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Arizona Capitol Times
By - email@example.com
Arizona senators defeated a sweeping amendment Monday aimed at preventing the state from participating in the Common Core and placing responsibility for approving educational standards in the hands of lawmakers.
Sen. Rick Murphy’s amendment to HB2458, Rep. Paul Boyer’s measure to weed out fraud in Arizona’s empowerment scholarship accounts, was defeated in the Senate. Originally ruled “adopted” in the Senate’s Committee of the Whole, the measure was killed on a division vote, 11-17.
The amendment would have, among other things, prohibited Arizona from accepting federal funds connected to nationwide academic standards and prohibited student-level assessment data from being shared with the federal government. A key part of the Common Core standards is the sharing of data to track student achievement. Common Core opponents argue that the federal government coerced states into adopting the Common Core using Race to the Top grants.
Lawmakers would also have had a final say over whatever new state standards the Arizona Board of Education adopted.
“What background do we have to figure out whether or not an academic standard is appropriate?” said Sen. Steve Farley, D-Tucson. “What have we done to learn about how to create curriculum, how kids best achieve? It’s time to get politics out of education.”
Murphy argued that Arizona would be better off developing its own standards and maintaining local control of the state’s curriculum.
The Peoria Republican argued that he’s in favor of higher standards, and that’s why he’s proposing the amendment. Some parts of Arizona’s current curriculum have higher standards than the ones prescribed by Common Core, he said.
“Many of the people who are supporting Common Core now are the same folks who voted to water down our tests and water down the AIMS standard with other ways to pass, because heaven forbid someone wouldn’t graduate,” Murphy said. “Do we actually have the backbone to have strong standards, which is what we need to have, to stick with when the time comes that there are going to be a group of students who don’t meet those standards, who just don’t do the work?”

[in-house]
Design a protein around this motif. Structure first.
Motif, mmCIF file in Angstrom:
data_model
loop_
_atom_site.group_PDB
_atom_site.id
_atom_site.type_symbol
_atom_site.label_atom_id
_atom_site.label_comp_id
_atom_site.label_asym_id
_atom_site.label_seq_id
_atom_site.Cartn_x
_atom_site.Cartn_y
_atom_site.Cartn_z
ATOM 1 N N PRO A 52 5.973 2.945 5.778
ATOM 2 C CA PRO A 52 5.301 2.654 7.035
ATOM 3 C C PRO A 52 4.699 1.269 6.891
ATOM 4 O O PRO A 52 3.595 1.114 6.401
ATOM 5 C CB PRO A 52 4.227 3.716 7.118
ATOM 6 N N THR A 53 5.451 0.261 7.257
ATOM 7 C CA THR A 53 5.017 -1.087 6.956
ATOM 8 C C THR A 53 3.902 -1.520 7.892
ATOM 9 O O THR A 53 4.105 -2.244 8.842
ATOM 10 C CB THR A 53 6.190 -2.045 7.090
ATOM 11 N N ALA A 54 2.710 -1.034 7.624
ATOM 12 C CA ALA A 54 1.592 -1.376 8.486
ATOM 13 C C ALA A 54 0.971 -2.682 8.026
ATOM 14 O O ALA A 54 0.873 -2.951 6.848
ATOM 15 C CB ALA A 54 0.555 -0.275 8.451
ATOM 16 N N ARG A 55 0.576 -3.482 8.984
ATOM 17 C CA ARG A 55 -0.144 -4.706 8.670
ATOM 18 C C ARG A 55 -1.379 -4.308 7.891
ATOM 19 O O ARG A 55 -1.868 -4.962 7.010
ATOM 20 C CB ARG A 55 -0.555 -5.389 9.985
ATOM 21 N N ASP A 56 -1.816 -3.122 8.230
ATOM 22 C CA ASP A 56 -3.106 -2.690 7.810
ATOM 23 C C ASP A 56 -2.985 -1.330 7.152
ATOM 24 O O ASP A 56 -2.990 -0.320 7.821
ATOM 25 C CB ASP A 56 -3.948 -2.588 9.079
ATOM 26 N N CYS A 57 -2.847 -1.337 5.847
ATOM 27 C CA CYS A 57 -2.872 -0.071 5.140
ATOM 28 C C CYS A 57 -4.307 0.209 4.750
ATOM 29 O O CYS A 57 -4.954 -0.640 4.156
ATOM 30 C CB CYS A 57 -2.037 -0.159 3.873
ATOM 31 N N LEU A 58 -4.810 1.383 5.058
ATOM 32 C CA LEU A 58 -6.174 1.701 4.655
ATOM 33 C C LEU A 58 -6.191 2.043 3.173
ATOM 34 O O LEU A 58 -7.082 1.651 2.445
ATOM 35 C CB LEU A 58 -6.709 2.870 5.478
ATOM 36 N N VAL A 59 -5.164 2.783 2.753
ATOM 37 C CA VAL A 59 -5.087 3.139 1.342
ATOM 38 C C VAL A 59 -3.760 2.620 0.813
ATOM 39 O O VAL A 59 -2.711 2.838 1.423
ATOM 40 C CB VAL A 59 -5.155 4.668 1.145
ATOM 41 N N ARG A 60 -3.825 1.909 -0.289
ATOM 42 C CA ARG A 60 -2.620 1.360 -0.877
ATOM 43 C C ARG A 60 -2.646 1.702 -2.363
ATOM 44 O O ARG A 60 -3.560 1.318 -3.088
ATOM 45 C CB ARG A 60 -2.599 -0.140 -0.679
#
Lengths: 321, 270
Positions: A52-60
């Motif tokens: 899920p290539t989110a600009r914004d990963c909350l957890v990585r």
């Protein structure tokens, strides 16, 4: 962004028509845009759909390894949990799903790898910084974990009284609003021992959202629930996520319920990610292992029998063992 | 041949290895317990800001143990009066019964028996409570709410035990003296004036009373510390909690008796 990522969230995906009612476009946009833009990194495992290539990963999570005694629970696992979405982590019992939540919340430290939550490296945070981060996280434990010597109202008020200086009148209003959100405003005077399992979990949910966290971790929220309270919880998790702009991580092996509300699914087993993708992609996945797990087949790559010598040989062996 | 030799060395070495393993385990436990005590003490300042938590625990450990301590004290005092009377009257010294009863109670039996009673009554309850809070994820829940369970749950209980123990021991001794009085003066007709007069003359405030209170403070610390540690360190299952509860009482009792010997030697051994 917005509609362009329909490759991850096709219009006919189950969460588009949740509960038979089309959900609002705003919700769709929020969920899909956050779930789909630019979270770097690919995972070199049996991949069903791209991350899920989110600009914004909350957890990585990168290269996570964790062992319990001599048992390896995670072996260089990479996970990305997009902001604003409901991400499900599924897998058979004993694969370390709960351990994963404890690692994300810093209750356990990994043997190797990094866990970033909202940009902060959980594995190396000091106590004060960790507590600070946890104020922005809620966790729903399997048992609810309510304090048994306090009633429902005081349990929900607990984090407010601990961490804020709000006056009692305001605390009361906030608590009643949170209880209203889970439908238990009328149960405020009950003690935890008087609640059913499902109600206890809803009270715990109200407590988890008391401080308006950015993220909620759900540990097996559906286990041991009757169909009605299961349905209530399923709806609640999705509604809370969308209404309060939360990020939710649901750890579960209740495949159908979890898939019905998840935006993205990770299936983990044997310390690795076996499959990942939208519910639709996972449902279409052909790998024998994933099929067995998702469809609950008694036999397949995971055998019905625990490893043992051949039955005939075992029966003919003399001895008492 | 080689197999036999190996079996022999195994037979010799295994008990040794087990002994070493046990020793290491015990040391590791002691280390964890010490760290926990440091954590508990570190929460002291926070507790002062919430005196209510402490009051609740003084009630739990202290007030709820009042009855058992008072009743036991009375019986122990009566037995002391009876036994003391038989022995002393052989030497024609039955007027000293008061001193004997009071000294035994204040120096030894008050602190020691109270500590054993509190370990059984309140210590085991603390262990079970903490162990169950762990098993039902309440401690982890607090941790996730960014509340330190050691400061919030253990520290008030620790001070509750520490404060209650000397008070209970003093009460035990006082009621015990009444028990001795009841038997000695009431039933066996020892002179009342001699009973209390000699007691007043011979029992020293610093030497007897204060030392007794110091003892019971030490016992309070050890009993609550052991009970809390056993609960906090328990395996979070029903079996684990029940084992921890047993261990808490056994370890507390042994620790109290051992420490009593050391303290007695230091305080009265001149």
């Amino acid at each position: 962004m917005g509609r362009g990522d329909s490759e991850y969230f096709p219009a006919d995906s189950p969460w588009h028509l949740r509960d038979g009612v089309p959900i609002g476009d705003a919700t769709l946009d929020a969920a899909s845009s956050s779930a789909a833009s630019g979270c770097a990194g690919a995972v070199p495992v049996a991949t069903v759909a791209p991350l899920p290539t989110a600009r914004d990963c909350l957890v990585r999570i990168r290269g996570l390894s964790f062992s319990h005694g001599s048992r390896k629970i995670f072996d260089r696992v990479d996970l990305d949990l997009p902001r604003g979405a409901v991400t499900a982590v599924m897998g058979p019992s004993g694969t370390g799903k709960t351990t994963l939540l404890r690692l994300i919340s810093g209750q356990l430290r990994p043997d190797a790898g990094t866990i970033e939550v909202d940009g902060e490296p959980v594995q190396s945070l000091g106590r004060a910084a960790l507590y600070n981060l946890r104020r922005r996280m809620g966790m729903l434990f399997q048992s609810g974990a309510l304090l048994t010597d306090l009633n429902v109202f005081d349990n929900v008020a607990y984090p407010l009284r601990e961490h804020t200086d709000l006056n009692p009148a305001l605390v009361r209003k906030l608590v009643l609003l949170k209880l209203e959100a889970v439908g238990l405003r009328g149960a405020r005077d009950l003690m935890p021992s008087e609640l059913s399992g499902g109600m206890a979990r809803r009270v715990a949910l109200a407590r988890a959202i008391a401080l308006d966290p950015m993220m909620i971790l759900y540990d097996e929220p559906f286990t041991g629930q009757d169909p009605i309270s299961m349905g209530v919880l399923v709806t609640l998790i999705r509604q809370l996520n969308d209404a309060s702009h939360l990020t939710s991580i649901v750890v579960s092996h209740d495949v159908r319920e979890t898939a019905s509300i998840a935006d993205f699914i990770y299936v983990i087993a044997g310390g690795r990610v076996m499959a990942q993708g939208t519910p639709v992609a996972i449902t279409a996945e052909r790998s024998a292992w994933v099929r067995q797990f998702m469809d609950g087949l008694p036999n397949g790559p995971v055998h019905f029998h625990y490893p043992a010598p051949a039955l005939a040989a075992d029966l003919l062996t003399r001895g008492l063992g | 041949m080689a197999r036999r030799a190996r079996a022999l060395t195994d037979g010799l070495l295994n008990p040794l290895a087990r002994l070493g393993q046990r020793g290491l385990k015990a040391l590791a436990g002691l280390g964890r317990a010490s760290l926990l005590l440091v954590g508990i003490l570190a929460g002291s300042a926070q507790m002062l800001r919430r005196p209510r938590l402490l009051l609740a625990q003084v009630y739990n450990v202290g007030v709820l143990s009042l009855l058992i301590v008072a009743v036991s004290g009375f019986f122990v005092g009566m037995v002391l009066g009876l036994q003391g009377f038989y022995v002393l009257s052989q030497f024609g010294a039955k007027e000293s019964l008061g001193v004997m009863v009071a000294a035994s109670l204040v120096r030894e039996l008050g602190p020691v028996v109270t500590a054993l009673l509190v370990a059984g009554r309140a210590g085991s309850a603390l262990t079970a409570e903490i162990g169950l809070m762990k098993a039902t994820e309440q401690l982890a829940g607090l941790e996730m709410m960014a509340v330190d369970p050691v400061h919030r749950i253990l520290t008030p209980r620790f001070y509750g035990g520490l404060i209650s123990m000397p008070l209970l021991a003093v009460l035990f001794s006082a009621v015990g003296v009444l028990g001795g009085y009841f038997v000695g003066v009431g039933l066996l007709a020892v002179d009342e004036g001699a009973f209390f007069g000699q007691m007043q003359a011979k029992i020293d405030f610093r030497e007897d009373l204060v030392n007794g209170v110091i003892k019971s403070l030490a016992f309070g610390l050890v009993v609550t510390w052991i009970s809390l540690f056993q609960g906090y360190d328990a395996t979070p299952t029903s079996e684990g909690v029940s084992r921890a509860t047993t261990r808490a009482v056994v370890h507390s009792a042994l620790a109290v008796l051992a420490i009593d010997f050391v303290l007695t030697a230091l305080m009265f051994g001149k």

Rep. Paul Boyer, the sponsor of HB2458, said he was comfortable with Murphy’s amendment because it would ensure local control for Arizona’s educational system and prevent data from being shared outside state lines.
Sen. Steve Gallardo said he was flabbergasted by efforts from some senators to nullify Common Core when just weeks ago, the Senate overwhelming passed a bill that eliminates AIMS as the state’s assessment.
The most likely replacement to AIMS is the Partnership for Assessment of Readiness for College and Careers, better known as PARCC — a consortium of states working to develop an assessment to test a student’s proficiency according to Common Core standards.
The test is still in development and would have been eliminated from consideration under a provision in Murphy’s amendment that voids any academic standards adopted or in development before the effective date of the law.
“We already got rid of AIMS, so what are we going to use?” Gallardo said. “What are we going to use as an assessment that is required under federal law within our schools? We’re not going to have anything.”
Arizona Superintendent of Public Instruction John Huppenthal serves on the governing board of PARCC. And Arizona educators have already been working to get Common Core standards implemented in schools, Farley said.
“Our state education board has been working for years to try and put [new education standards] in place and they’re ready to roll them out, and now we’re pulling the rug out from underneath them?” Farley said.
After defeating Murphy’s amendment, lawmakers later approved the underlying bill, which now awaits Third Read in the Senate.